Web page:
by David Camfield
Recent events tell us a lot about some of the challenges facing working people in Canada today.
The Canadian Union of Postal Workers (CUPW) began rotating strike action on June 2nd, after over seven months of negotiations with Canada Post Corporation (CPC) for a new contract covering some 48 000 postal workers. CUPW members had voted almost 95% in favour of authorizing a strike if necessary, with a turnout that set a record for the union.
The reasons why postal workers were so determined to strike if need be are not hard to understand. Starting in Winnipeg, CPC management is introducing new machinery and reorganizing work. Under the new system letter carriers must now carry two or more bundles of mail, leading to more work-related injuries. Inside workers face cuts in full-time positions, more evening and night shifts and a faster pace of work.
CPC has been a profitable Crown Corporation for the last 15 years yet management was insisting that workers make major concessions. As postal worker Cindy McCallum Miller put it, the employer was aiming to “gut our collective agreement for the next wave of workers as they plan for a future where workers have weaker rights, benefits and protection” (“What’s at stake at Canada Post?”).
Postal workers’ past struggles won a living wage (approximately $50 000/year on average), benefits and rights for what was once low-wage work. CPC went into negotiations demanding that new hires receive lower pay and a worse pension than current workers. Management also wanted workers to give up their sick leave rights and accept an inferior Short Term Disability plan. These concessions would be steps towards the goal — shared by Conservative and Liberal federal governments — of a privatized postal service whose workforce is smaller, cheaper and has many fewer rights.
Many media commentators initially claimed that the strike wouldn’t have much impact. But the rotating local strikes did affect some businesses and therefore CPC’s revenue, without causing much disruption to most people’s postal services. CPC tried to provoke CUPW into calling an all-out strike but failed. So on June 14 CPC locked out the workers.
The next day the Conservative federal government announced it would bring in legislation to force an end to the dispute. It appears that CPC’s goal all along was government intervention to impose the kind of settlement on postal workers that it was unable to achieve through collective bargaining. The lockout gave the government the excuse it was waiting for.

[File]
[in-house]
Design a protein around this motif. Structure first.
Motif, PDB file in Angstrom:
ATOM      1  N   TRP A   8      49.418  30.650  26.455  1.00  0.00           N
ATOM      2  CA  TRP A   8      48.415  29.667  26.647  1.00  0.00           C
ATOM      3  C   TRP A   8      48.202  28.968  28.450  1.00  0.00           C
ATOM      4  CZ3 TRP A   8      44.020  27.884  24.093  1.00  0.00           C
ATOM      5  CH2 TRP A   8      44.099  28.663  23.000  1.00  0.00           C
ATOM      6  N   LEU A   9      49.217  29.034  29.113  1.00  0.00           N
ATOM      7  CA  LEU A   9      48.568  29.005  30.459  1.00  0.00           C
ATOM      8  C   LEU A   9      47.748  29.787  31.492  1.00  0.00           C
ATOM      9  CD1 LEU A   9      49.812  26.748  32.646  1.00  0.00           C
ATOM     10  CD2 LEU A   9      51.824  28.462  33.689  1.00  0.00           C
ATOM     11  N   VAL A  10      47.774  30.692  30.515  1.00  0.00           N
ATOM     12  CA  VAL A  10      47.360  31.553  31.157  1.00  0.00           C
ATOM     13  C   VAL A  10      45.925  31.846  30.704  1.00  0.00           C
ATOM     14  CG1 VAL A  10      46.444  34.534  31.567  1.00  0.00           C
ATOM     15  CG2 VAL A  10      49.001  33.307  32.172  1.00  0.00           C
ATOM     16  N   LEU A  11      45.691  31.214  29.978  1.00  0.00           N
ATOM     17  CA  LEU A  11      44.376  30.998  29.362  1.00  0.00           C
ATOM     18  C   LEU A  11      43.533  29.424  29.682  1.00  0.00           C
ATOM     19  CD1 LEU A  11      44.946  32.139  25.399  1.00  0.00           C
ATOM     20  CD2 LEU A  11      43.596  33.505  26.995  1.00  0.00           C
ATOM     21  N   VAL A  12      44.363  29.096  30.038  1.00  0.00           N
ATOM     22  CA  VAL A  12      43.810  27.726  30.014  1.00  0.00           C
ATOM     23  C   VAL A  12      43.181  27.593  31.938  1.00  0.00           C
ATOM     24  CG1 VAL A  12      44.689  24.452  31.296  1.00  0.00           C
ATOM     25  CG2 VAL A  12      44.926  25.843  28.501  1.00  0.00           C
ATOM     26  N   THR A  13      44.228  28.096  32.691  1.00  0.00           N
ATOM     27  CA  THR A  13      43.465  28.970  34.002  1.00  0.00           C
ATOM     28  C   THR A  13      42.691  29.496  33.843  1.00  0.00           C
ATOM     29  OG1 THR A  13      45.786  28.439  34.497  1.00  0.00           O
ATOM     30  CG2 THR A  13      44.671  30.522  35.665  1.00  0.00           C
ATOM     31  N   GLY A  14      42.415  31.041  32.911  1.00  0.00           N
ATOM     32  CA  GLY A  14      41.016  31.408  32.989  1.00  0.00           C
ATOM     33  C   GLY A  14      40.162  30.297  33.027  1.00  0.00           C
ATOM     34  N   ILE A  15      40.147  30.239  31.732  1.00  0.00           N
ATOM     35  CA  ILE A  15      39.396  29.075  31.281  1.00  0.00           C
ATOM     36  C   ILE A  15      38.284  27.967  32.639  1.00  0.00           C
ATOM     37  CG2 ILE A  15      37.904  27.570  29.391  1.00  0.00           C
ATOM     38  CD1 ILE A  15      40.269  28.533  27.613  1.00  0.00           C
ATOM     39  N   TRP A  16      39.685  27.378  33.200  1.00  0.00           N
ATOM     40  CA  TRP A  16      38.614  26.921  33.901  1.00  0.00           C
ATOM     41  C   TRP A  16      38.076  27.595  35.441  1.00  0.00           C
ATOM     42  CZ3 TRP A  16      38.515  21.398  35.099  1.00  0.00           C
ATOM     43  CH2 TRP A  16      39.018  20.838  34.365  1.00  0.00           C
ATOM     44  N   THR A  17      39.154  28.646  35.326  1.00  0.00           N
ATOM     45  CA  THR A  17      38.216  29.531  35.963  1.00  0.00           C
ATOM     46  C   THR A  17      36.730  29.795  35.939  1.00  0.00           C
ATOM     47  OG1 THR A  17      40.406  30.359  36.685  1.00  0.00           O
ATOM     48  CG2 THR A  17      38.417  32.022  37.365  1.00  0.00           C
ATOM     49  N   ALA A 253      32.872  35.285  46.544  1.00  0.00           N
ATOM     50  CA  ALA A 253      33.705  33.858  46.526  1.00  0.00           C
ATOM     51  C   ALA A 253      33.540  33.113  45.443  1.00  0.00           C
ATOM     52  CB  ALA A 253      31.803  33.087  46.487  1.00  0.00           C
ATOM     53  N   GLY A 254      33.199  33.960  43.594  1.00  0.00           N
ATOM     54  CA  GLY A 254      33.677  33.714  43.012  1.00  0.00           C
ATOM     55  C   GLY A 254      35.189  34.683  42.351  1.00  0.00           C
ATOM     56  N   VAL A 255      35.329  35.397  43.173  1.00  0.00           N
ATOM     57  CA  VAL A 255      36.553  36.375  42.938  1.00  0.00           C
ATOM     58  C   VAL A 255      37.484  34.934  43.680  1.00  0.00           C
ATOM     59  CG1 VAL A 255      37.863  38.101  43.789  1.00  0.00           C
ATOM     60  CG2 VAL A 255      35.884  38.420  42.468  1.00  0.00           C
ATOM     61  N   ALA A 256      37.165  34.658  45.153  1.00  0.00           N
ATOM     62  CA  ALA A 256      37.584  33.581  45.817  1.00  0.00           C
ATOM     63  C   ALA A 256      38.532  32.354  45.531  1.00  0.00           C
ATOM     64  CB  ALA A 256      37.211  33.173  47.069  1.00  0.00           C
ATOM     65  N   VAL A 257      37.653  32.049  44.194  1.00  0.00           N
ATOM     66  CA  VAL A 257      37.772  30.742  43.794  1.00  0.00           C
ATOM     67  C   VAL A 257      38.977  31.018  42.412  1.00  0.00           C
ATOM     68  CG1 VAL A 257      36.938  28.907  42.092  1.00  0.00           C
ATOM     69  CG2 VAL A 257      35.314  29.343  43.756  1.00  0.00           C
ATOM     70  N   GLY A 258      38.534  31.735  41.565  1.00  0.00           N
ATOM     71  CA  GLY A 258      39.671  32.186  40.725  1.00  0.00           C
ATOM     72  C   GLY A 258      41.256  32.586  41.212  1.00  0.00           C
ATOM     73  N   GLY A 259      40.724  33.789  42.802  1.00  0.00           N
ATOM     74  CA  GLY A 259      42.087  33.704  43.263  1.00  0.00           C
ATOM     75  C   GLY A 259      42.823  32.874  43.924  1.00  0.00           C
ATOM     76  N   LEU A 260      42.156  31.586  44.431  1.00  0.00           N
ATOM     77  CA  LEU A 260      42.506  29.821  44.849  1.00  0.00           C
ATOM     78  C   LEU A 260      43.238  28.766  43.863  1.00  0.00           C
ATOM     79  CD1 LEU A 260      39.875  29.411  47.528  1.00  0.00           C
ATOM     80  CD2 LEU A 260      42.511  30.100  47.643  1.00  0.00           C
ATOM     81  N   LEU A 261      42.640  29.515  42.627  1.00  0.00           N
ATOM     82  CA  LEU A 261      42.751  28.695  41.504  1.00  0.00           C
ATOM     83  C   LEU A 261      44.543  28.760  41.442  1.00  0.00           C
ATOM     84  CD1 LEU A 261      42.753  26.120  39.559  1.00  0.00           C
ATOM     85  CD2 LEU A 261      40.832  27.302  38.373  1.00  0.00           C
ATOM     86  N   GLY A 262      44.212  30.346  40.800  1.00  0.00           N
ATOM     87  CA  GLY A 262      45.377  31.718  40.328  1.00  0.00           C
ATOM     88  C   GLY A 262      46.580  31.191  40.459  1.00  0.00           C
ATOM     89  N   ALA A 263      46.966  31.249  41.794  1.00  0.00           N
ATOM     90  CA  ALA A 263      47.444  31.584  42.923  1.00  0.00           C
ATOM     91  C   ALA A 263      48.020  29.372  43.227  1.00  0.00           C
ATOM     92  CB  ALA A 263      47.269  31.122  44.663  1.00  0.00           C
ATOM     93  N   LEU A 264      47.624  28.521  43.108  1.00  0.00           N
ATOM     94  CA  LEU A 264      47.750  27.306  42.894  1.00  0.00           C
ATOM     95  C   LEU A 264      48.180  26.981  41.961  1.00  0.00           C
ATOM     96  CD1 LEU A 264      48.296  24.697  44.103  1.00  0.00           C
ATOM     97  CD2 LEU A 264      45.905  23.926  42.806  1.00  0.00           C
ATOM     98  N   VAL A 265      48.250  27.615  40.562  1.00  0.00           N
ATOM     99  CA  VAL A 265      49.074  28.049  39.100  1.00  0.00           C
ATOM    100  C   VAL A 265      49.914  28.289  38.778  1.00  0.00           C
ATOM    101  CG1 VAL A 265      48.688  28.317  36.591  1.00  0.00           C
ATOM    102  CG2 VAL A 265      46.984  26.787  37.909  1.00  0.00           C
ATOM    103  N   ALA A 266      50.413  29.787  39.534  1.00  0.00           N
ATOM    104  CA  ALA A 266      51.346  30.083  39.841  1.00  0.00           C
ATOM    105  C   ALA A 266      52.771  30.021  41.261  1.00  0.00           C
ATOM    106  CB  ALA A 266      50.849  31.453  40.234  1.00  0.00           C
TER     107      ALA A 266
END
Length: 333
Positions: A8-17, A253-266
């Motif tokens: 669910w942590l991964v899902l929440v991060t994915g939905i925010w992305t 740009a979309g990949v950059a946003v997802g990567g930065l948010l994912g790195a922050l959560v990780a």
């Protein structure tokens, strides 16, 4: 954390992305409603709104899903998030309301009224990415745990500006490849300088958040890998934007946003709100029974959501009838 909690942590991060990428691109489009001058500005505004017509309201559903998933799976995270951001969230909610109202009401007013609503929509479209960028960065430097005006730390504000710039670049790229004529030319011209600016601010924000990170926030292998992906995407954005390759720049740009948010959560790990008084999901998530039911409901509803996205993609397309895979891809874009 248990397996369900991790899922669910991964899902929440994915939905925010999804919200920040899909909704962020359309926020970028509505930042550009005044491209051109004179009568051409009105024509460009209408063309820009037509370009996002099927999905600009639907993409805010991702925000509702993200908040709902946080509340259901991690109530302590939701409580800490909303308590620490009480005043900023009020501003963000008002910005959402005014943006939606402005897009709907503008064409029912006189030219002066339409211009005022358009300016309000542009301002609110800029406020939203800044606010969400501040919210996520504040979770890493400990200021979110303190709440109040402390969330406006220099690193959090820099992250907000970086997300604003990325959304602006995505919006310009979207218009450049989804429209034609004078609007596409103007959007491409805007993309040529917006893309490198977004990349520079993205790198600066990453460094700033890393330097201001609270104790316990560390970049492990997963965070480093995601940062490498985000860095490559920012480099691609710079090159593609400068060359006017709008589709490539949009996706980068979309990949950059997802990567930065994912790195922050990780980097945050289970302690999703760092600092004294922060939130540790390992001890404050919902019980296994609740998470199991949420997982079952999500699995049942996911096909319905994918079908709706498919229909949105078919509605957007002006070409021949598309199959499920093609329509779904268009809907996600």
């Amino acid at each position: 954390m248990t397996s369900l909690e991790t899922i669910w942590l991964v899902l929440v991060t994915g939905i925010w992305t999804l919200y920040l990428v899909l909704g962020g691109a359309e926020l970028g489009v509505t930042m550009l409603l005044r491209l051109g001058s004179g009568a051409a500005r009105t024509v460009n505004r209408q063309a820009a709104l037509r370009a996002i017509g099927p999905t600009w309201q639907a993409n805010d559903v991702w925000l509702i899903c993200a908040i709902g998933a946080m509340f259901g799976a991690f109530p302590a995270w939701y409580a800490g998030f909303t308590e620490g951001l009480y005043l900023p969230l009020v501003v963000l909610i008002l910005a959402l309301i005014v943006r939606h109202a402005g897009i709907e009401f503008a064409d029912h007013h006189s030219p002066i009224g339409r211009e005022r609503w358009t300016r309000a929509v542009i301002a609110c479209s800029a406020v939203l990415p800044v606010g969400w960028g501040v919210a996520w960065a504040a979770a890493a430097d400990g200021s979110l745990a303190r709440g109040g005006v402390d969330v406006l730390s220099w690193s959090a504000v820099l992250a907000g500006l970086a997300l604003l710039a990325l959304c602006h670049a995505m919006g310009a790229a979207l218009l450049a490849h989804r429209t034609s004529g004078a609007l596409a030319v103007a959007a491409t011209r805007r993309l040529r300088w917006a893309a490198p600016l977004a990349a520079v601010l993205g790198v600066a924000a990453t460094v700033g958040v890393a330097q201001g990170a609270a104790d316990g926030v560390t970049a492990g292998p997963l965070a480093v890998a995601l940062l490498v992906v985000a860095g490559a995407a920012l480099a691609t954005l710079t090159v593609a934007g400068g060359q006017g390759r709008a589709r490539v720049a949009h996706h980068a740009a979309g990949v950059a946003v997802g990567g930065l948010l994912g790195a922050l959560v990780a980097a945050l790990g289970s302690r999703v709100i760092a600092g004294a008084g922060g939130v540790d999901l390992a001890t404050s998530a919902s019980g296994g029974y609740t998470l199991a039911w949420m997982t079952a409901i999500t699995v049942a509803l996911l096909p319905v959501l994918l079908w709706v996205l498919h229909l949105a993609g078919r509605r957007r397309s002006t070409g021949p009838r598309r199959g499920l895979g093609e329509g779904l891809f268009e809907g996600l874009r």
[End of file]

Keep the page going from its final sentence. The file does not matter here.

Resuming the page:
It’s no secret that the Conservatives hate CUPW — the union has consistently opposed the corporate agenda, defended public services and supported social justice struggles. So it was no surprise that when the final vote on the back-to-work bill was held in the House of Commons “the Conservative benches erupted in cheers and back-slapping” (“Mail could resume within days as back to work bill for Canada Post passes”).
What wasn’t as predictable was just how aggressively anti-worker the legislation would be. Many media reports have mentioned that it imposes wage increases lower than CPC’s previously-tabled offer (also well below the inflation rate for consumer prices). But that’s not its worst aspect by any means.
The law dictates that the new collective agreement for urban postal workers will be determined by an arbitrator appointed unilaterally by the Minister of Labour, using a method called final offer selection (FOS). FOS is uncommon in Canada, and is very rare in back to work legislation.
In this case, the union and the employer are each required to submit a final offer covering the many disputed issues. The arbitrator will then select one offer or the other in its entirety. In addition to allowing the Conservatives to handpick whoever they want as the arbitrator, the law includes guidelines that the arbitrator must follow in choosing a settlement. These are clearly designed to weight the outcome in favour of weakening postal workers’ rights and benefits, including their pension plan. This puts intense pressure on CUPW officials to submit a final offer that includes concessions they would never have agreed to in bargaining, in the hope that the arbitrator will pick their offer rather than an even-worse one from the employer.
With this law the Conservatives are sending a signal to unionized workers: if you resist the concessions that employers demand you risk ending up with an even worse outcome. The Harper government’s move against CUPW encourages provincial governments to intervene in similar ways against striking or locked-out workers in their jurisdictions.
The legislation threatened earlier this month against workers at Air Canada – a private company, unlike CPC – who had just gone on strike sent the same message. Public sector workers are not the only ones who should be concerned about governments intervening yet again on the side of employers to suspend the basic democratic right of workers to collectively negotiate their wages and working conditions.
Just how hostile the Tories are to unions isn’t the only lesson here. Another is that unions confronted by governments need much more solidarity action by other people than CUPW received in order to avoid defeats. The sympathy strikes that took place in British Columbia to support hospital workers in 2004 and teachers in 2005 point to what’s needed to improve the odds for unions attacked by governments. For this reason the call by the Fredericton labour council for a National Day of Action to support CUPW and Air Canada workers was a small step in the right direction.
David Camfield teaches Labour Studies at the University of Manitoba and is the author of Canadian Labour in Crisis: Reinventing the Workers’ Movement.